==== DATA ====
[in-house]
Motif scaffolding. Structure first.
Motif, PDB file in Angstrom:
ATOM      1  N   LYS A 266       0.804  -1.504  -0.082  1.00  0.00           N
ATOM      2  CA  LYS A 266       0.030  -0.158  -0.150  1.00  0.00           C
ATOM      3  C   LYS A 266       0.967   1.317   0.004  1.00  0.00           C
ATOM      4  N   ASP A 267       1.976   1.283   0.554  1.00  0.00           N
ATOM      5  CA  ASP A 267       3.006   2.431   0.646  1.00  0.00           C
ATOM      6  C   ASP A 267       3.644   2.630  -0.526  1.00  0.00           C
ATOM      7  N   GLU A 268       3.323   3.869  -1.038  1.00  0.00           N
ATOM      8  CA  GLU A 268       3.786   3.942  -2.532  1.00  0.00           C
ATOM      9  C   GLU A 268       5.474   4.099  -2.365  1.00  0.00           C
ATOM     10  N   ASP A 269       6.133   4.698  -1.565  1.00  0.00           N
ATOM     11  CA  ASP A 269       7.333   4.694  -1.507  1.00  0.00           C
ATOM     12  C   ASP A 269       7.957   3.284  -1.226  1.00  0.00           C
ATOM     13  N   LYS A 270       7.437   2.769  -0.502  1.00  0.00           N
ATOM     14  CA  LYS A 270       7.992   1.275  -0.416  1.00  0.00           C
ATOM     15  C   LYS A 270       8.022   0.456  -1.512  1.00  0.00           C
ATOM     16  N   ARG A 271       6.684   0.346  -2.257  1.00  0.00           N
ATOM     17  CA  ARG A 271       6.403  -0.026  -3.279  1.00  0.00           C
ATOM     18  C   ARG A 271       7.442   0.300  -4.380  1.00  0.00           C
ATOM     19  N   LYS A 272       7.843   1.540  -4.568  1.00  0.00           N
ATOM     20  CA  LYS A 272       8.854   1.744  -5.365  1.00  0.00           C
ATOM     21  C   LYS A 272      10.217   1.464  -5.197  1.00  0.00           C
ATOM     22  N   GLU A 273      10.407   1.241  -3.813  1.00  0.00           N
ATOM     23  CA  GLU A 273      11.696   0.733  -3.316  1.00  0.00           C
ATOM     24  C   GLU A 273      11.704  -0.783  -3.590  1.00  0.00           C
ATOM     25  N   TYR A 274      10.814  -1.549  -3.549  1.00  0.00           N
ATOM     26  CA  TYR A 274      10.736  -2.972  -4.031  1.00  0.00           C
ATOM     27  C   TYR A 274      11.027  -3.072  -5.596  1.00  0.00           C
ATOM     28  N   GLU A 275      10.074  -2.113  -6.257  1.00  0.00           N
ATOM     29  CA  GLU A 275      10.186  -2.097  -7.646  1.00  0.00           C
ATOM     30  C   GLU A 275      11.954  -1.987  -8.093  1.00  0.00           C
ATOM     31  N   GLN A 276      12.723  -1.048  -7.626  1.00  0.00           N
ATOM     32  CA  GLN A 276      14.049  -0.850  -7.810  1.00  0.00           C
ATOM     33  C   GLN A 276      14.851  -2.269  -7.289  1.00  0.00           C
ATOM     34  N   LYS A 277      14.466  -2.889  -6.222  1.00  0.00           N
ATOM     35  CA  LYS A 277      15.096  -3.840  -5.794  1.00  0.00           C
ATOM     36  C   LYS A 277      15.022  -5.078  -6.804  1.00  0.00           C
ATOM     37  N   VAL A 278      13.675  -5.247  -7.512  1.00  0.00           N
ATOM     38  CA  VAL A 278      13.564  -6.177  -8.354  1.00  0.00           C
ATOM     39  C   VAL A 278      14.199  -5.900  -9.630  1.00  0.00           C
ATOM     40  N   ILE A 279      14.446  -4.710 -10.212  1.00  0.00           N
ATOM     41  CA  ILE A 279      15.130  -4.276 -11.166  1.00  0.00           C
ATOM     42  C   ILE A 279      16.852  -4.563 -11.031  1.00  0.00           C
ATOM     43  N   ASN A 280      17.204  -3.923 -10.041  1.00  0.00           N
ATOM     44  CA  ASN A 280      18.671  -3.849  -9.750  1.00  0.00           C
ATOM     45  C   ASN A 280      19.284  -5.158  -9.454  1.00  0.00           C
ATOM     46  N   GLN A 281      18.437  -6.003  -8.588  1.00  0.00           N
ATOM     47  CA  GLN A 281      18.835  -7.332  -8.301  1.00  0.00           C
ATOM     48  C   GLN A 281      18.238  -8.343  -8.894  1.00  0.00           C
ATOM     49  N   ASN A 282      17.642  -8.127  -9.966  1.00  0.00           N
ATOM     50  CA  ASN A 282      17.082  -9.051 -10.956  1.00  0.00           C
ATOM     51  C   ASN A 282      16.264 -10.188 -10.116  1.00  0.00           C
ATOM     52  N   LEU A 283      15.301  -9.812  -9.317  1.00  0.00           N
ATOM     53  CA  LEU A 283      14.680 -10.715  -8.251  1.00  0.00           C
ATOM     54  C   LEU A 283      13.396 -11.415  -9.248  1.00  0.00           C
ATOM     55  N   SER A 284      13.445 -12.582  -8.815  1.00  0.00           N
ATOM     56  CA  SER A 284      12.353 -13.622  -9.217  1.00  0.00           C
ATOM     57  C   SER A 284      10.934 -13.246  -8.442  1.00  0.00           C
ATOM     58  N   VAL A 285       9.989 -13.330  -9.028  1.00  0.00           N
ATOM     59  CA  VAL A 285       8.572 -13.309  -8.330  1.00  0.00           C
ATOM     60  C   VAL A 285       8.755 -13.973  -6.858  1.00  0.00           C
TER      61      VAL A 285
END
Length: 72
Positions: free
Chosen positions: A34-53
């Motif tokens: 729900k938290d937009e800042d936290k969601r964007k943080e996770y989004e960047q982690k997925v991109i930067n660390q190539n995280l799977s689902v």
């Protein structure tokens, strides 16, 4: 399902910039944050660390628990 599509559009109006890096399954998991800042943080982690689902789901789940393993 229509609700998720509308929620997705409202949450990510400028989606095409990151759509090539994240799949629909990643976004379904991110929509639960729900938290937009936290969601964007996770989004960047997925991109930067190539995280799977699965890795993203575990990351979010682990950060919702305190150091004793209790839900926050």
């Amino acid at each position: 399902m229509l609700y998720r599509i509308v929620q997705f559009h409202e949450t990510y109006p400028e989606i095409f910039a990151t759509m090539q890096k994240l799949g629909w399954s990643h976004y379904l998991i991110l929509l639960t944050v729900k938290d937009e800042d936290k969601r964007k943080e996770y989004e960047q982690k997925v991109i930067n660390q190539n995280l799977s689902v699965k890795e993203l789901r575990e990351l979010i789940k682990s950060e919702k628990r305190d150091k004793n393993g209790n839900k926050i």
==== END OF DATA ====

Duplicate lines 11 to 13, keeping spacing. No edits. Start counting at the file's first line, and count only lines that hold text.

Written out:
ATOM      8  CA  GLU A 268       3.786   3.942  -2.532  1.00  0.00           C
ATOM      9  C   GLU A 268       5.474   4.099  -2.365  1.00  0.00           C
ATOM     10  N   ASP A 269       6.133   4.698  -1.565  1.00  0.00           N